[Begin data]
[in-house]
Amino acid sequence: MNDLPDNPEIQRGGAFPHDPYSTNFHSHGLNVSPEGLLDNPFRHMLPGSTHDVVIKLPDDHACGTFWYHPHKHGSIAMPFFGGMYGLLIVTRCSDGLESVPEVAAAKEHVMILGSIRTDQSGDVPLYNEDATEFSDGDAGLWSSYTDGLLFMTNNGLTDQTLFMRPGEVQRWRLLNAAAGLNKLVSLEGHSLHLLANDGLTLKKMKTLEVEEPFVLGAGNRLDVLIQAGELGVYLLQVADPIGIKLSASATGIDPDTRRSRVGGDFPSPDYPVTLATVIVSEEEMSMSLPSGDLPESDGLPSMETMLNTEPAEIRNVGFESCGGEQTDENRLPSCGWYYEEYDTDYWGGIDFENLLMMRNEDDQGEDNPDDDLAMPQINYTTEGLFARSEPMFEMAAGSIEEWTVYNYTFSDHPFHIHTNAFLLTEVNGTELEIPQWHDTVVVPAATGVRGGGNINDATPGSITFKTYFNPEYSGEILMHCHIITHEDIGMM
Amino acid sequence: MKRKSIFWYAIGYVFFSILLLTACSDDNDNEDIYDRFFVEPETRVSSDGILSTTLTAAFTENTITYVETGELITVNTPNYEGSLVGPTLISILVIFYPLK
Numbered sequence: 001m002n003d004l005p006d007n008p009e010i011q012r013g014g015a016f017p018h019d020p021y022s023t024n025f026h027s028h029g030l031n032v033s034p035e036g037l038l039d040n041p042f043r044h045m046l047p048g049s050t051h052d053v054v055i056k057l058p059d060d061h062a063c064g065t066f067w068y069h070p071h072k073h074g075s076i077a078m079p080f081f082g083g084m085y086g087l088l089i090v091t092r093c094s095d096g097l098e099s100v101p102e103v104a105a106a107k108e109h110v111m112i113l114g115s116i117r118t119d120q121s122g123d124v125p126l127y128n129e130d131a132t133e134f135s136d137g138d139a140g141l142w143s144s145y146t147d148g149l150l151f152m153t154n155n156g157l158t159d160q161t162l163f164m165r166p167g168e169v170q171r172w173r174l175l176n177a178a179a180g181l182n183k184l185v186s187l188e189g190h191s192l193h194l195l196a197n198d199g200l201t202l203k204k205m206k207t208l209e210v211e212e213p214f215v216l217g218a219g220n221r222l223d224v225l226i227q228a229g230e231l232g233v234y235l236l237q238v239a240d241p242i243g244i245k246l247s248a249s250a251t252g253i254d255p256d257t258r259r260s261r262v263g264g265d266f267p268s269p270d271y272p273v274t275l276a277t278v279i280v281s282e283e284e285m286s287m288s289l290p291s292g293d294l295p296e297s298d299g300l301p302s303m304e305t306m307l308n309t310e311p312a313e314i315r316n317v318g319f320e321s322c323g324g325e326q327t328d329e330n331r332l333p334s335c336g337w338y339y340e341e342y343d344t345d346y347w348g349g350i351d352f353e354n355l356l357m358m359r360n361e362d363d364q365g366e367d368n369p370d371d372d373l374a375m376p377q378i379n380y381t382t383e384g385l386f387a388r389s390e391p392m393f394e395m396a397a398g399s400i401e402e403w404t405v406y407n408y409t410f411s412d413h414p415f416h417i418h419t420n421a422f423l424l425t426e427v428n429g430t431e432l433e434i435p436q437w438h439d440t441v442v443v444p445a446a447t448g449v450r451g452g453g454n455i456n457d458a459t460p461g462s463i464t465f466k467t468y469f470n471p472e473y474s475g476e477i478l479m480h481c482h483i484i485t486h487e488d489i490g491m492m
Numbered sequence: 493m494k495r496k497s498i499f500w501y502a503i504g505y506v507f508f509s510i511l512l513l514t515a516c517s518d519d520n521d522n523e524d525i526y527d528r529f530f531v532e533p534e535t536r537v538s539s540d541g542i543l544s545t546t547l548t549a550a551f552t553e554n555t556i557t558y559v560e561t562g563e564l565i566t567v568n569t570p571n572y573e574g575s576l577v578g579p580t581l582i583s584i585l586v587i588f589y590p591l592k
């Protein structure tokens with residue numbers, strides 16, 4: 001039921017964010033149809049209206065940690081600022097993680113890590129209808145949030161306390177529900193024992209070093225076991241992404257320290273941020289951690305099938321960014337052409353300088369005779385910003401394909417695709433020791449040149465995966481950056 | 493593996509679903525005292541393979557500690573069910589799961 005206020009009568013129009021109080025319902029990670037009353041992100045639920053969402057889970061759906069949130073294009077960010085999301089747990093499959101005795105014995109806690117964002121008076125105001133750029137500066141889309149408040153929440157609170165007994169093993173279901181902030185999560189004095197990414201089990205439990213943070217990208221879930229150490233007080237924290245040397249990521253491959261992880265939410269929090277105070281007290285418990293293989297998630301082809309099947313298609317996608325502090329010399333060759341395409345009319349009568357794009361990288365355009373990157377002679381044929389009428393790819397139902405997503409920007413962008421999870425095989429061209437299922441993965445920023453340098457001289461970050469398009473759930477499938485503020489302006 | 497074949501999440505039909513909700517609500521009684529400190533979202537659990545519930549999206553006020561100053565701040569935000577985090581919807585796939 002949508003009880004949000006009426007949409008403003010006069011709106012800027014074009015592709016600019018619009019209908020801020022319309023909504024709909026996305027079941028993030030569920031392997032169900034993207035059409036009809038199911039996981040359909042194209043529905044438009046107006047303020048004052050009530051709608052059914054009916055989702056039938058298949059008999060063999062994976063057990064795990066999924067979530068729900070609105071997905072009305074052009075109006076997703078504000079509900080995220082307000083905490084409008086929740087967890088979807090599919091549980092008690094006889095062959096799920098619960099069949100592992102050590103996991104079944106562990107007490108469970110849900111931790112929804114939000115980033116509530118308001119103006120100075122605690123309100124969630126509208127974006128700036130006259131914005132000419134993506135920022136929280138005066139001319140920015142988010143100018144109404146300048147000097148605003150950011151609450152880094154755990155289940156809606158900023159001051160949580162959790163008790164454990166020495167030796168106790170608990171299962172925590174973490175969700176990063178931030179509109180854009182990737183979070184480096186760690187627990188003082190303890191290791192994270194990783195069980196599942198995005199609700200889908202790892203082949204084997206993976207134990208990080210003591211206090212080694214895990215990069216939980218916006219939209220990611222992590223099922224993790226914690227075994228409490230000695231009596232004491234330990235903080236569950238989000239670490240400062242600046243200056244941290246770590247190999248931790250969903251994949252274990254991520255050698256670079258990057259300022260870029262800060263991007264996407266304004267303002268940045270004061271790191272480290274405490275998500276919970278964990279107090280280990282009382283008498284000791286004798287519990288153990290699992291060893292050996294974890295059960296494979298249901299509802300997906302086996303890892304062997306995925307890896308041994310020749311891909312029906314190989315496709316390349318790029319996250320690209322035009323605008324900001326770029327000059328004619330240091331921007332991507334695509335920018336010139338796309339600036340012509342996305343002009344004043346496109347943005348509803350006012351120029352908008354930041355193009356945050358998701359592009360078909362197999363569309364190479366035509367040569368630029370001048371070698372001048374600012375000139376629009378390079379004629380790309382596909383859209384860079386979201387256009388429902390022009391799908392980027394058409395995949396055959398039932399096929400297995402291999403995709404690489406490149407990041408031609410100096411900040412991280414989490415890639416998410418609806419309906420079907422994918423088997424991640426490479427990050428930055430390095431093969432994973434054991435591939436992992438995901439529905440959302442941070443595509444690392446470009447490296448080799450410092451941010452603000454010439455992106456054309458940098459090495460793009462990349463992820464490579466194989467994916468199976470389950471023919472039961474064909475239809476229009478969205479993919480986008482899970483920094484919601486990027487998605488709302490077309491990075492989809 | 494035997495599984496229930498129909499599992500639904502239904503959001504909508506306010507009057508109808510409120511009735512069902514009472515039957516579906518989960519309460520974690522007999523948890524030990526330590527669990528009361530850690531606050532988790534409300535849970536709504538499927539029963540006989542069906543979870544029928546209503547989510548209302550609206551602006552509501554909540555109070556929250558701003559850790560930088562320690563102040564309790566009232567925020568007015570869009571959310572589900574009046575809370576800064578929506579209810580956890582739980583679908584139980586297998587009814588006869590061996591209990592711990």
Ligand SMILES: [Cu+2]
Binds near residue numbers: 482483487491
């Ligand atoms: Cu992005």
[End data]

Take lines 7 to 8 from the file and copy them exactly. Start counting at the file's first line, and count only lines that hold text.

Ligand SMILES: [Cu+2]
Binds near residue numbers: 482483487491